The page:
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5. Re: No subject Sep 15, 2008, 23:00 Overon
 
Isn't this the guy that talks bullshit about everything? Why would we believe him on this? Sure he's more qualified than I am but I don't speak bullshit about everything. So I win.

 
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4. Re: No subject Sep 15, 2008, 22:30 Joss
 
Well from what I've seen with the voxel/point cloud rendering tech, I believe he's on the mark there.

CPU rendering is gonna rock us all.

 
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3. Re: No subject Sep 15, 2008, 22:06 Kxmode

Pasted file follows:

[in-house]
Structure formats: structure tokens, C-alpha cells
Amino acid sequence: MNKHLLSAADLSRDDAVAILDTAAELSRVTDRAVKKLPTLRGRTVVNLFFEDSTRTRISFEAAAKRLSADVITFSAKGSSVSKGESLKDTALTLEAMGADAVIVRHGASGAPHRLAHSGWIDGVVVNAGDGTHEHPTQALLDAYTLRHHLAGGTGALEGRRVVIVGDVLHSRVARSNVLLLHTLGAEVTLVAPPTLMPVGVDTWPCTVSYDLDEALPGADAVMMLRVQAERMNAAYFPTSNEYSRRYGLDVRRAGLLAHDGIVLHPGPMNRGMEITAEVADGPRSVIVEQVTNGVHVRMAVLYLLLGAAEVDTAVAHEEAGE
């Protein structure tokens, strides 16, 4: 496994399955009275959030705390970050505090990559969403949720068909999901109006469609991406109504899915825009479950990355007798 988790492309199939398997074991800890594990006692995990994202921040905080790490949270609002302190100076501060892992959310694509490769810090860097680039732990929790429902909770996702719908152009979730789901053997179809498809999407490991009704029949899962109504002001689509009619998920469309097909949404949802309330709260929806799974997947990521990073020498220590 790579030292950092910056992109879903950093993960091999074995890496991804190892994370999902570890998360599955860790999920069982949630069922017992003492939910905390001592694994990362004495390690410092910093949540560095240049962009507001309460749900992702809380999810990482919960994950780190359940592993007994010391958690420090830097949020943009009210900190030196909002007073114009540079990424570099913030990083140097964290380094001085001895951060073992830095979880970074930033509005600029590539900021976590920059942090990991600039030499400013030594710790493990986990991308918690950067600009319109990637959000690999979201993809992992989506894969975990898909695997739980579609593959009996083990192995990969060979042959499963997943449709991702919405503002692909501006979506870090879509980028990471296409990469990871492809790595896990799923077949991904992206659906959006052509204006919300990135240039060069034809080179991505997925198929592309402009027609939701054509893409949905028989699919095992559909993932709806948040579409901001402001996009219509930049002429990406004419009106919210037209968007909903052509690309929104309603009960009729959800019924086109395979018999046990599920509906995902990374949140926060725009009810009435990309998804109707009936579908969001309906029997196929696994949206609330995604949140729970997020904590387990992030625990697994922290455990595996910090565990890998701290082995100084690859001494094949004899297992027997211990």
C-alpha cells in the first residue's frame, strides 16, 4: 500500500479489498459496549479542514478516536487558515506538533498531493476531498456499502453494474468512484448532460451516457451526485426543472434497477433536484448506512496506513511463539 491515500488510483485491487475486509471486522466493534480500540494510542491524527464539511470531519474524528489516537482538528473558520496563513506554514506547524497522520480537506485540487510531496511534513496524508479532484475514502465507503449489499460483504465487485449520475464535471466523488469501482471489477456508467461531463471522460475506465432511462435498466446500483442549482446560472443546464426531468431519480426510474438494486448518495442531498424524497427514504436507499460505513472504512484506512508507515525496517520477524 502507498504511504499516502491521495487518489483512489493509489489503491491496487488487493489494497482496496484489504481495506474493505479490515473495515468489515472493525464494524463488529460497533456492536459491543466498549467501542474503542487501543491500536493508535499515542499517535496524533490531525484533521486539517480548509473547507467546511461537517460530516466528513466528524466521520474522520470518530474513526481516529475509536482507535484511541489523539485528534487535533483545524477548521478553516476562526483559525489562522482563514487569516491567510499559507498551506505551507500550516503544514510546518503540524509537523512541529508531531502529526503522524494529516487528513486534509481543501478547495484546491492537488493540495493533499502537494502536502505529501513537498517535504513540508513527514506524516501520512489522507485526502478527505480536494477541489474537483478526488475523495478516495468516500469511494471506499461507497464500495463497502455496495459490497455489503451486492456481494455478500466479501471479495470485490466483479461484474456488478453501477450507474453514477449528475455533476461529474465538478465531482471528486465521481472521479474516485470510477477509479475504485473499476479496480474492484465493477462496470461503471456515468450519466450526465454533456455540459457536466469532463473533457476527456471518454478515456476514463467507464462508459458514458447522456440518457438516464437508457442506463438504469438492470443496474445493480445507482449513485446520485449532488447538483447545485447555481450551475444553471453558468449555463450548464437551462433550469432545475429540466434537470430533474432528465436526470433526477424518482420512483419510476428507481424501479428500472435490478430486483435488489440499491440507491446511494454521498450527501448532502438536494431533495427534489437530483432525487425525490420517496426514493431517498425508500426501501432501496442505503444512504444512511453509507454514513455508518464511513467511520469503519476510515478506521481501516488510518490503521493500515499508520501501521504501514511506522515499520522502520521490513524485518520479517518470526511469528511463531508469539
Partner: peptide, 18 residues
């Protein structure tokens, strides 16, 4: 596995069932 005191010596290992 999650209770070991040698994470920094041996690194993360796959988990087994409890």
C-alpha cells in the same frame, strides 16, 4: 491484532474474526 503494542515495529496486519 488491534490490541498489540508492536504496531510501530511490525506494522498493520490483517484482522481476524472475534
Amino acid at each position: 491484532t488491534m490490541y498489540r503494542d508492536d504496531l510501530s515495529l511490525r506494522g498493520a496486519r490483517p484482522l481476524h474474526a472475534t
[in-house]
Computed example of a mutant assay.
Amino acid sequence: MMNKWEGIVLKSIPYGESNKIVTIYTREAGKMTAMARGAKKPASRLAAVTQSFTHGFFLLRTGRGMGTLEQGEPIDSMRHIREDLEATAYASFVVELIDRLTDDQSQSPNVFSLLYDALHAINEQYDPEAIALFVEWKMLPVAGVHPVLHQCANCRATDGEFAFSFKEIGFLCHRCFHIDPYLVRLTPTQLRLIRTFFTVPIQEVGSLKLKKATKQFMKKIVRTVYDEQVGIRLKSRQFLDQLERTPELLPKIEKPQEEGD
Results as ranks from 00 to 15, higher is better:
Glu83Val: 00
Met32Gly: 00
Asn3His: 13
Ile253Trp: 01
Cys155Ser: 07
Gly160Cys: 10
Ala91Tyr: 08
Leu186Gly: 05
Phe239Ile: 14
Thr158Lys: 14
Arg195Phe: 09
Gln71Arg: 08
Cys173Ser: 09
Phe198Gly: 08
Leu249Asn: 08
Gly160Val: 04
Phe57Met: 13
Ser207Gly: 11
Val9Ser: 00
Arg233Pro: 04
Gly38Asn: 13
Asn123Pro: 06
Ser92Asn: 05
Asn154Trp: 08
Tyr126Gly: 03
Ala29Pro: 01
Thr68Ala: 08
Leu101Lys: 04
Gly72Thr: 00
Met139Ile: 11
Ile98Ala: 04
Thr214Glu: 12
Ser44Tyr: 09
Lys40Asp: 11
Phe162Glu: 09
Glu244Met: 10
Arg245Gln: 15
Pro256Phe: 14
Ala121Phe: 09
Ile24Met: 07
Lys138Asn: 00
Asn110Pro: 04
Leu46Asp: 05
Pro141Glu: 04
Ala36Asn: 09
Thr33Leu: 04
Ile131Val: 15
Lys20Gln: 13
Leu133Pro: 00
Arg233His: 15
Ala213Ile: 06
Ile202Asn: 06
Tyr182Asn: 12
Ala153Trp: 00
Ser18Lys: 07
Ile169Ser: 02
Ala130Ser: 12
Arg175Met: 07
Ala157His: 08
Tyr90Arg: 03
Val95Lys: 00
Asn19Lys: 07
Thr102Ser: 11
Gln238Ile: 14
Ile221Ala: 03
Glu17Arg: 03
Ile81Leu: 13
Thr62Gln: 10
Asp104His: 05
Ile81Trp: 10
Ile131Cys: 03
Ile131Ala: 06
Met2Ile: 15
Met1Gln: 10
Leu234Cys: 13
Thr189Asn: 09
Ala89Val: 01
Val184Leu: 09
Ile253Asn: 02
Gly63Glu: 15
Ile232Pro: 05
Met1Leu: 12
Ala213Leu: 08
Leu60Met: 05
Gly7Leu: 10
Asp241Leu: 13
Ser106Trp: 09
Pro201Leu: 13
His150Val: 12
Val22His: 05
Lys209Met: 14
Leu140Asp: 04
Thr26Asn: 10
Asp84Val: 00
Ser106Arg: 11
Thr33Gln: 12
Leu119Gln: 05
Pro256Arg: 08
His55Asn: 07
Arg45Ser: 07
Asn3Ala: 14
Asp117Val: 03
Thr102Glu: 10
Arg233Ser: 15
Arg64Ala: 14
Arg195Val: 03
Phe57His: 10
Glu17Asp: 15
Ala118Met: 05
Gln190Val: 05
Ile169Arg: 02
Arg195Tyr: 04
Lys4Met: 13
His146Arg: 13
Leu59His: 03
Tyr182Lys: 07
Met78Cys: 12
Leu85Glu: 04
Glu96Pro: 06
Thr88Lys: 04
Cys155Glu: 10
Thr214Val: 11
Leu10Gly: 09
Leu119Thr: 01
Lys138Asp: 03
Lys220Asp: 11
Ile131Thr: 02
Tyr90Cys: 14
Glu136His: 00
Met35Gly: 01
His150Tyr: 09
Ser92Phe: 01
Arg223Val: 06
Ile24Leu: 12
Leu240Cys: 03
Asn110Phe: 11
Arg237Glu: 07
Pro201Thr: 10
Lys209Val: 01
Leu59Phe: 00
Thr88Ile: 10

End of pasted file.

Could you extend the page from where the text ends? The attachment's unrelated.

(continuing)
Perhaps Tim Sweeney would care to read ZD Net's article "Top 10 worst tech predictions of all time"
http://www.zdnet.com.au/news/business/soa/Top-10-worst-tech-predictions-of-all-time-/0,139023166,339284671,00.htm

Here are the cliff notes
1. YouTube will go nowhere
2. The Millennium Bug
3. The death of the iPod
4. Photocopiers are niche
5. The PC was never meant for home use
6. Antitrust won't bother Microsoft
7. eBay will be huge in China
8. Nobody will ever need more than 640KB of memory
9. The death of spam
10. Windows will never be a 32-bit OS

To that list I would like to add
11. the next generation will see the death of the API

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2. No subject Sep 15, 2008, 22:06 DangerDog
 
Does this mean UT3 won't be getting that DX10 patch?

 
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1. No subject Sep 15, 2008, 21:16 Wallshadows
 
Isn't this the same guy who blew Intel and talked up a storm about MMX for large sums of money?